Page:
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Saturday, Feb 09 2013 10:30 AM

Caltrans' initial take: Westpark shelters not eligible for listing

BY ANTONIE BOESSENKOOL Californian staff writer aboessenkool@bakersfield.com

Caltrans has found preliminarily that two Cold War-era bomb shelters in the potential path of the Centennial Corridor project are not eligible for historic status, a status some residents hoped would spare their homes.

The decision is not final. Philip Vallejo, an architectural historian with Caltrans, said the determination still must be reviewed by the state Office of Historic Preservation.

"This is still a draft," Vallejo said. "Nothing is finalized until we begin and end our consultation with the state historical preservation officer."

TRIO OF OPTIONS

Resident Keith Womack alerted Caltrans to the bomb shelters during a public meeting on the project last December. His dad, the late Jim Womack, built the two shelters on South Garnsey Avenue in the early 1960s.

If the bomb shelters are found to be eligible for historic listing, that would complicate choosing Alternative B for the Centennial Corridor highway project, the path Caltrans staff are recommending based on what they know currently about this section of Bakersfield.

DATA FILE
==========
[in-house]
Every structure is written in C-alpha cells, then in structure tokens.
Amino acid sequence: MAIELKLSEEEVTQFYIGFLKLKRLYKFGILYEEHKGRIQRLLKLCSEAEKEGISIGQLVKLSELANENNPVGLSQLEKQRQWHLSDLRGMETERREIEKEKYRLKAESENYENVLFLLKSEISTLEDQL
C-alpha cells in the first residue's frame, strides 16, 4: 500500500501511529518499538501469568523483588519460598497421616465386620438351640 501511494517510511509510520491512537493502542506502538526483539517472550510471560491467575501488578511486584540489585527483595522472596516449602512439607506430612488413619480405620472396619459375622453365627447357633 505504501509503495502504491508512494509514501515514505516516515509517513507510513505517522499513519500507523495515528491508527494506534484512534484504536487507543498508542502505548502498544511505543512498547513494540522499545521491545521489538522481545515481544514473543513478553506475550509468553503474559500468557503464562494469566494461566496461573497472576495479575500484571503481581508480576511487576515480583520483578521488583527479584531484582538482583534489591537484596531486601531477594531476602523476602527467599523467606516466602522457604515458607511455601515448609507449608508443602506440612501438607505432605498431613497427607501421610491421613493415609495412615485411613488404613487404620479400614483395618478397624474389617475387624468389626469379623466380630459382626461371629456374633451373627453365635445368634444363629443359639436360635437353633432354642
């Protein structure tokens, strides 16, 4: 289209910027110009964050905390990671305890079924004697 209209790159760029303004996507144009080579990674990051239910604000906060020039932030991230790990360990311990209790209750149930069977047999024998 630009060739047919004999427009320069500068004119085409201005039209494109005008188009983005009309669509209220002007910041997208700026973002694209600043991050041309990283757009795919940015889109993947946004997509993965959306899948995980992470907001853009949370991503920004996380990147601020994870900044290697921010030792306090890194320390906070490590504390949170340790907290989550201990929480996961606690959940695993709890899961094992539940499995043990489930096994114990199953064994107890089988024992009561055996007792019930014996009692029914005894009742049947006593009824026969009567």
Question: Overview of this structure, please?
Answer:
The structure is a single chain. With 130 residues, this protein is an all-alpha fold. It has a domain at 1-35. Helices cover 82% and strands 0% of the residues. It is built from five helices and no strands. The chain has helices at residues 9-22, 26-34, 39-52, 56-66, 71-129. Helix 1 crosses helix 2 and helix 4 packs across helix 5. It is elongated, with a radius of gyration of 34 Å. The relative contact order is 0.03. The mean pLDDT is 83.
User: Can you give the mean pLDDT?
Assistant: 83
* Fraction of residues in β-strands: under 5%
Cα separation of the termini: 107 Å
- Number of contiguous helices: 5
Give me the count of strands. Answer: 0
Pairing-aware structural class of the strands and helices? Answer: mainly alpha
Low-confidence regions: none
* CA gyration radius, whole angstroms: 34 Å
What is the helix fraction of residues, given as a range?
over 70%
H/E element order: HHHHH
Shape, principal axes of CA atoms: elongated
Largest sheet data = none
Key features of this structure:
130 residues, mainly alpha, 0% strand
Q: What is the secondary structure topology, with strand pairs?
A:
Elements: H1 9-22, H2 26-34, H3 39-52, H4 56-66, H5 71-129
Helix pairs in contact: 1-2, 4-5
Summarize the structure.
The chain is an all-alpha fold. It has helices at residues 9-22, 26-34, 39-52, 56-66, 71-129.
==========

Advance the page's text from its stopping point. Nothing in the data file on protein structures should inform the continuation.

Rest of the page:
Caltrans won't make a final decision for about another year on which of three possible routes to build. But in the meantime, it has recommended Alternative B because, of the trio of options, it doesn't impact parks or a neighborhood that it's found to be eligible for historic register listing.

Under federal law, Caltrans has to avoid those impacts if another route is available.

Alternative B would take down about 200 houses, plus many businesses and a handful of schools.

If the bomb shelters and the neighborhood they're in are also found to be eligible for historic listing, that doesn't automatically disqualify Alternative B. But it would mean that all three alternatives would have to be weighed against each other, Caltrans staff have said.

LACK OF INTEGRITY

Shortly after the December public meeting, Vallejo and a few colleagues drove to South Garnsey Avenue and were shown one of the shelters, he said. They then told staff from JRP Historical Consulting, a Davis-based subcontractor on the project, to go back for an assessment. It did.

"JRP found, and we concurred at this point, that those two properties, although they are relics of the Cold War era, because there was a certain lack of integrity, we found them not eligible" for historic listing, Vallejo said.

One shelter has been altered too much to be eligible, he said. The second, which is larger and more intact, isn't eligible because the house where it's located has been changed too much.

In 2010, Caltrans came across a fallout shelter in the path of a highway project in Sonora. The house it had been built in back of had been razed. That led Caltrans to establish a threshold for assessing such shelters, Vallejo said.

"The crux of it is we say the house is important. It's an important part of the story" that justifies a historical listing, he said.

With the South Garnsey shelters, "there's been significant changes that wouldn't allow us to properly convey its sense of history."